With this year’s Nobel Prizes set to be handed out on 10th December, we take a look back at past Jewish winners.
When Alfred Nobel a Swedish chemist, engineer, inventor, businessman, and philanthropist – signed his will on 27th November 1895, it is hard to say whether he had any idea of the controversy the document would cause. The will contained instructions that the majority of his wealth would go, not to his family, but to creating a prize recognising those whose achievements have benefited humankind. Though Nobel died in 1896, his family opposed the establishment of the Nobel Prize, and the prize awarders he named refused to follow his wishes. It was five years before the first Nobel Prize could be awarded in 1901.
In the 122 years since the first Nobel Prize was handed out, 965 people have been awarded the Nobel Prize or the Nobel Memorial Prize in Economic Sciences (which was established slightly later in 1968). A staggering 214 of those awarded a Nobel prize have been Jewish, totalling 22% of recipients. Here are some highlights.
Economics | Daniel Kahneman
Daniel Kahneman was born in Tel Aviv, Israel, while his mother was visiting her extended family. Kahneman grew up in Paris and remained in the city under Nazi occupation. After his father’s death in 1944, he moved with his mother and sister to Palestine. He studied psychology at Hebrew University and the University of California. He won the Nobel Prize in Economics for his work combining psychology with economic theory, especially concerning human judgement making under uncertainty.
Peace | Józef Rotblat
Józef Rotblat was born in Poland in 1908. He studied physics and took up research in the UK in 1939. His work on splitting the atom led him to the conclusion that it was possible to produce an atomic bomb and he worked on the Manhattan Project, before withdrawing on moral grounds. Post-Second World War Rotblat was a leading voice advocating nuclear disarmament with the Pugwash movement, which he shared the Nobel Peace Prize with in 1995.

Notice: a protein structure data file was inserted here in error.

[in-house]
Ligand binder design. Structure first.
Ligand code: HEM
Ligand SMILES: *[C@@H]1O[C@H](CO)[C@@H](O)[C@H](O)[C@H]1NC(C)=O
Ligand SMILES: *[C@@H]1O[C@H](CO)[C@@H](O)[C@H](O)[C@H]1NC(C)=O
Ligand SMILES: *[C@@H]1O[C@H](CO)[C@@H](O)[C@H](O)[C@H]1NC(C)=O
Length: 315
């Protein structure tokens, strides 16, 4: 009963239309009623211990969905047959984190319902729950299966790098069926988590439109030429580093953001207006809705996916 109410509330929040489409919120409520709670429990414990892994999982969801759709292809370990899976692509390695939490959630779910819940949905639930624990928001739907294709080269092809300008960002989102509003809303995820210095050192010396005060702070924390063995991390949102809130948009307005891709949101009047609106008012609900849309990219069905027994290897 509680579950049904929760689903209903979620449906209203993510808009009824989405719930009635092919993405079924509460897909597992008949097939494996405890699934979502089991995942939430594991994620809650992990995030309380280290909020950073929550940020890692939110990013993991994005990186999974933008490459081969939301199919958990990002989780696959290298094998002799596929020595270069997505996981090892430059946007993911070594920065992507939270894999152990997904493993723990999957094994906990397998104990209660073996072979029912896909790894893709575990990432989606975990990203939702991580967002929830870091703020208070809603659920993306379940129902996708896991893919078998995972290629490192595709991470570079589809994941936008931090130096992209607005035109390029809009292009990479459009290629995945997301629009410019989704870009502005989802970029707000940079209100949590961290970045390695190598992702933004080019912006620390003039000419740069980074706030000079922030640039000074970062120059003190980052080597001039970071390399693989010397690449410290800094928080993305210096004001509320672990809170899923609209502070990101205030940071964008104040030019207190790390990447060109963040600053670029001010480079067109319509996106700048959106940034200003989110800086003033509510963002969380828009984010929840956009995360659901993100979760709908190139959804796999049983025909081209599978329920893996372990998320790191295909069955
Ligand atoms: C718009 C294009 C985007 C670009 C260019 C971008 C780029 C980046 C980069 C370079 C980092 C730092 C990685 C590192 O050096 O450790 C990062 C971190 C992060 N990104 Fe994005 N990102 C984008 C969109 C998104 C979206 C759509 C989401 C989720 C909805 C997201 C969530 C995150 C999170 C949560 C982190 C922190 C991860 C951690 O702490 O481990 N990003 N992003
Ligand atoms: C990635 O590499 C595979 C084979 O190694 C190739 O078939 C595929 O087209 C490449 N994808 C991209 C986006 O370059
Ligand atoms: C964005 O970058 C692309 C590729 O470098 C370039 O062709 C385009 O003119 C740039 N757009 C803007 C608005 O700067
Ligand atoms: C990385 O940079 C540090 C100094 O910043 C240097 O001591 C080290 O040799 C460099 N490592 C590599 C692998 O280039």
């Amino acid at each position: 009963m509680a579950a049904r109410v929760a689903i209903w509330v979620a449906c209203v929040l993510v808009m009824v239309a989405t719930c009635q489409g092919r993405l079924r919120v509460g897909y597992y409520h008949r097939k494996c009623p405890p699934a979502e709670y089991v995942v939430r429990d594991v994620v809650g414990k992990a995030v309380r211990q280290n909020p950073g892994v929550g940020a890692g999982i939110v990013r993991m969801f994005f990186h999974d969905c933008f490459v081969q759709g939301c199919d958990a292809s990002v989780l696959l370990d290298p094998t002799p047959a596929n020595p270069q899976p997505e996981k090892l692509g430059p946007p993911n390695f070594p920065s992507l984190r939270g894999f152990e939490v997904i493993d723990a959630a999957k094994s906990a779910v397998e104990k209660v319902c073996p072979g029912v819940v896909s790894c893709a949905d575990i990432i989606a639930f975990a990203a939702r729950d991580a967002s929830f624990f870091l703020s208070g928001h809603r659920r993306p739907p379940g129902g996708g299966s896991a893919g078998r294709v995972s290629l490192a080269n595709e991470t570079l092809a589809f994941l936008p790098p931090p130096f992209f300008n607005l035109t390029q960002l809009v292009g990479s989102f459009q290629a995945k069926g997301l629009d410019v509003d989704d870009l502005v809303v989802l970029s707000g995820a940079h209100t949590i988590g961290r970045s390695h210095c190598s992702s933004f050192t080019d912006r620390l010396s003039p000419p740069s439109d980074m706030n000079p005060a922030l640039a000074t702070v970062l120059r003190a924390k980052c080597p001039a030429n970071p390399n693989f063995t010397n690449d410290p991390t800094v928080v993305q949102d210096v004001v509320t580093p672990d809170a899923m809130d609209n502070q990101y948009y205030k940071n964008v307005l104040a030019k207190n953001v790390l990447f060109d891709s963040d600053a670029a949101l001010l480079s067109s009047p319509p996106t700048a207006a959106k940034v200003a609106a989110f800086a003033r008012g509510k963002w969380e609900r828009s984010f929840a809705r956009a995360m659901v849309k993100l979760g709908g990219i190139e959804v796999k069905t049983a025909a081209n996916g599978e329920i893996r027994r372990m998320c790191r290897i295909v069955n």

Physics | Albert Einstein
Probably the most well-known Nobel Prize winner of them all, Albert Einstein grew up in Munich, where his father founded an electrical engineering company. After studying at the ETH university in Zurich, Einstein worked at the patent office in Bern, during which time he produced several pioneering works in the field of physics. After the Nazis seized power in Germany, Einstein immigrated to the US, where he worked at the Institute for Advanced Study in Princeton, New Jersey. He was awarded the Nobel Prize in Physics for his services to Theoretical Physics, and his discovery of the law of the photoelectric effect.
Literature | Harold Pinter
Harold Pinter was a British playwright, screenwriter, director, and actor born in 1930. The Nobel Prize in Literature was awarded to him in 2005 as “his plays uncovers the precipice under everyday prattle and forces entry into oppression’s closed rooms”. His best-known plays include The Birthday Party, The Homecoming, and Betrayal, each of which he adapted for the screen. His screenplay adaptations of others’ works include The Servant, The Go-Between, The French Lieutenant’s Woman, The Trial, and Sleuth.
Chemistry | Adolf von Baeyer
Adolf von Baeyer was born in 1835 and raised in Berlin. As a student, he attended several universities, and was taught by several major figures of German chemistry. Beginning in the 1860s, von Baeyer performed a series of studies on the chemistry of dyes. These led to the production of several dyes from coal tar, making production cheaper. The most important of these was indigo dye which could now be produced industrially instead of being extracted from plants. Von Bayer was awarded the Nobel Prize in Chemistry in 1905.
Physiology or Medicine | Rita Levi-Montalcini
Rita Levi-Montalcini was born in Turin, Italy, to a wealthy Jewish family. Her father was an electrical engineer and mathematician, her mother an artist. In 1946, Levi- Montalcini was invited to work at Washington University in St. Louis and remained there for 30 years before finally returning to Italy, where she lived in Rome. In 1952, she succeeded in isolating a substance harvested from tumours in mice that caused vigorous nervous system growth in chicken embryos. The discovery these growth factors has provided a deeper understanding of medical problems such as deformities, senile dementia, delayed wound healing, and tumour diseases. She received the Nobel Prize in Physiology or Medicine for this work in 1986.